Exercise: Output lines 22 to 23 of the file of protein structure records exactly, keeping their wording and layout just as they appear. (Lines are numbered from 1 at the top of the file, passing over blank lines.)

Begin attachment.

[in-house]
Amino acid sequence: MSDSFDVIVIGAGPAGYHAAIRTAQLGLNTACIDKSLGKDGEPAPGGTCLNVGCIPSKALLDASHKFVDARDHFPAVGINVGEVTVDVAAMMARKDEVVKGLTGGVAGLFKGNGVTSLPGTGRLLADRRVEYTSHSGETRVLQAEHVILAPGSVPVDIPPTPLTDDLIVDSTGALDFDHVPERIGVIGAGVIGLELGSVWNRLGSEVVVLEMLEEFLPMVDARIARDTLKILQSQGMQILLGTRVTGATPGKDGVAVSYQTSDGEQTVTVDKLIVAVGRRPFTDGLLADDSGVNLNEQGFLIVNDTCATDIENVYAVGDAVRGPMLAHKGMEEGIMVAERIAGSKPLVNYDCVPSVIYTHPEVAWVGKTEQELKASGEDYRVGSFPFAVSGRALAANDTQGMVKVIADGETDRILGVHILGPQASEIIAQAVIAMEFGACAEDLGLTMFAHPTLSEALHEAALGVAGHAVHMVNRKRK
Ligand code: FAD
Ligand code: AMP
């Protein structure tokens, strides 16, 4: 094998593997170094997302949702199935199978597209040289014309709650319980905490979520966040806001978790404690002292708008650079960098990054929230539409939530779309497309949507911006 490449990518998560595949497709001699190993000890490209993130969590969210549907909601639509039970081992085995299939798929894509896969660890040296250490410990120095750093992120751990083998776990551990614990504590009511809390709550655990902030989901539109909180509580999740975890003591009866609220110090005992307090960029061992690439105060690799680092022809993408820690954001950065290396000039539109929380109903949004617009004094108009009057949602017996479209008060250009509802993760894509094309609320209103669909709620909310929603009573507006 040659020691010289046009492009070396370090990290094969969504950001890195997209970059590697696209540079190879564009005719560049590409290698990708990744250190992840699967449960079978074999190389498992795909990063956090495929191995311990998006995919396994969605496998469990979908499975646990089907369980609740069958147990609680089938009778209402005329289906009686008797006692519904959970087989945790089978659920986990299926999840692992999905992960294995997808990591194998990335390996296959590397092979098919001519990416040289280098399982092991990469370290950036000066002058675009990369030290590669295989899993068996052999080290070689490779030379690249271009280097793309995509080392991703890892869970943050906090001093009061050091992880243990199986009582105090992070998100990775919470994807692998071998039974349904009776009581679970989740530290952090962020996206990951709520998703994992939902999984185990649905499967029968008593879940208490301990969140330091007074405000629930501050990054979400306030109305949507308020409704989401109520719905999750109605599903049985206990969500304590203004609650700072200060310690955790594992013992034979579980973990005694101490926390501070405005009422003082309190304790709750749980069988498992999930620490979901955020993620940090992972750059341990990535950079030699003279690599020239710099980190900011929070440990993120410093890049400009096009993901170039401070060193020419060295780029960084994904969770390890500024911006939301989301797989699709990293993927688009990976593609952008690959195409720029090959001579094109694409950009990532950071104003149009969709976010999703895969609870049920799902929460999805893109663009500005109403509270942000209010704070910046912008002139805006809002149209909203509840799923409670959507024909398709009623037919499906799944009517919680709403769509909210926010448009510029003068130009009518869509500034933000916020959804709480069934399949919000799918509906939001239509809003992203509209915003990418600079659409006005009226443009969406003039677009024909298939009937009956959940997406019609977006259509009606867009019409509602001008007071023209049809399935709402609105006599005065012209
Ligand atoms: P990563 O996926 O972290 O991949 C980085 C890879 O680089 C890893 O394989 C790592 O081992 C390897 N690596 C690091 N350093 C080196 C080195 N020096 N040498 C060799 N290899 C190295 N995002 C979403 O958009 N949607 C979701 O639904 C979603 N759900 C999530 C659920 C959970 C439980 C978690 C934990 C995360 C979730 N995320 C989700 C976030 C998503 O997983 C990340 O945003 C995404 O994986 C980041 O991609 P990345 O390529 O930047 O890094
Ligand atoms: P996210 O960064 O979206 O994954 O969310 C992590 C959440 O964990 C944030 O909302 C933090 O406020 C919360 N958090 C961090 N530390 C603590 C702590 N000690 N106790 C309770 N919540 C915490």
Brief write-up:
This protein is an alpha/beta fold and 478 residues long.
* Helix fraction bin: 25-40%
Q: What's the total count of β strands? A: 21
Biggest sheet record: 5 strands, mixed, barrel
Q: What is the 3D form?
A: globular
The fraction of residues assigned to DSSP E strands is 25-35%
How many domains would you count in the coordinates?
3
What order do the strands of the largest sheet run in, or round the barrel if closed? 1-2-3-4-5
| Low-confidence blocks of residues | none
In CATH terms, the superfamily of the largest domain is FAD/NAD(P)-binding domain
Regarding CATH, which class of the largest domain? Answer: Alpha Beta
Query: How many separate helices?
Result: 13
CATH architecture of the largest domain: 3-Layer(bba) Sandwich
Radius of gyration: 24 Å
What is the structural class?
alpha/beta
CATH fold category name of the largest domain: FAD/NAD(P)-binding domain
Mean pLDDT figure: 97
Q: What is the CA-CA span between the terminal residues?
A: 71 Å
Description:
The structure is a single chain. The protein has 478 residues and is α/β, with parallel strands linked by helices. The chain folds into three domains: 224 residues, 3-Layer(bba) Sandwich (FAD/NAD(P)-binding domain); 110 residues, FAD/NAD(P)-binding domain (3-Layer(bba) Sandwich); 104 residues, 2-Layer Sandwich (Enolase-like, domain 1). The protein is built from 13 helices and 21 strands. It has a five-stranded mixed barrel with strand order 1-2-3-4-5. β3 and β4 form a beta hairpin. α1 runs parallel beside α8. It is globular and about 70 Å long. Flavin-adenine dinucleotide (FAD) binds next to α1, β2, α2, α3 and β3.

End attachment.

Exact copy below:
Query: How many separate helices?
Result: 13